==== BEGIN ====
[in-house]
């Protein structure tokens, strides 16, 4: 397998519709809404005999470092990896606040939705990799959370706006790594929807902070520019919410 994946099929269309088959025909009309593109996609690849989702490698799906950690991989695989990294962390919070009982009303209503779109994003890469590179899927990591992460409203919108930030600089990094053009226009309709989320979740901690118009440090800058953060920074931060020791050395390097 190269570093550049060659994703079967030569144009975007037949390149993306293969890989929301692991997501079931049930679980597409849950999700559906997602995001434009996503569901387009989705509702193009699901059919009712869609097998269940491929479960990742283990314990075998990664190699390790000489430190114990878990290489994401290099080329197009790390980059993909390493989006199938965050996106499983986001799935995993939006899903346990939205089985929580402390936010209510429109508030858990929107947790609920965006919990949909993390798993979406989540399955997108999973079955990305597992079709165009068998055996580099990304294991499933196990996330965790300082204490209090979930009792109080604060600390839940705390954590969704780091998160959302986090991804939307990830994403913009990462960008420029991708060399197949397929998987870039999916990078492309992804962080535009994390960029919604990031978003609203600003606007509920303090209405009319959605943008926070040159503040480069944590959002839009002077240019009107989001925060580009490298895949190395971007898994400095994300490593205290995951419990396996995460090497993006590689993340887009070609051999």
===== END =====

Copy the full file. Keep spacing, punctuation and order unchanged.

[in-house]
């Protein structure tokens, strides 16, 4: 397998519709809404005999470092990896606040939705990799959370706006790594929807902070520019919410 994946099929269309088959025909009309593109996609690849989702490698799906950690991989695989990294962390919070009982009303209503779109994003890469590179899927990591992460409203919108930030600089990094053009226009309709989320979740901690118009440090800058953060920074931060020791050395390097 190269570093550049060659994703079967030569144009975007037949390149993306293969890989929301692991997501079931049930679980597409849950999700559906997602995001434009996503569901387009989705509702193009699901059919009712869609097998269940491929479960990742283990314990075998990664190699390790000489430190114990878990290489994401290099080329197009790390980059993909390493989006199938965050996106499983986001799935995993939006899903346990939205089985929580402390936010209510429109508030858990929107947790609920965006919990949909993390798993979406989540399955997108999973079955990305597992079709165009068998055996580099990304294991499933196990996330965790300082204490209090979930009792109080604060600390839940705390954590969704780091998160959302986090991804939307990830994403913009990462960008420029991708060399197949397929998987870039999916990078492309992804962080535009994390960029919604990031978003609203600003606007509920303090209405009319959605943008926070040159503040480069944590959002839009002077240019009107989001925060580009490298895949190395971007898994400095994300490593205290995951419990396996995460090497993006590689993340887009070609051999």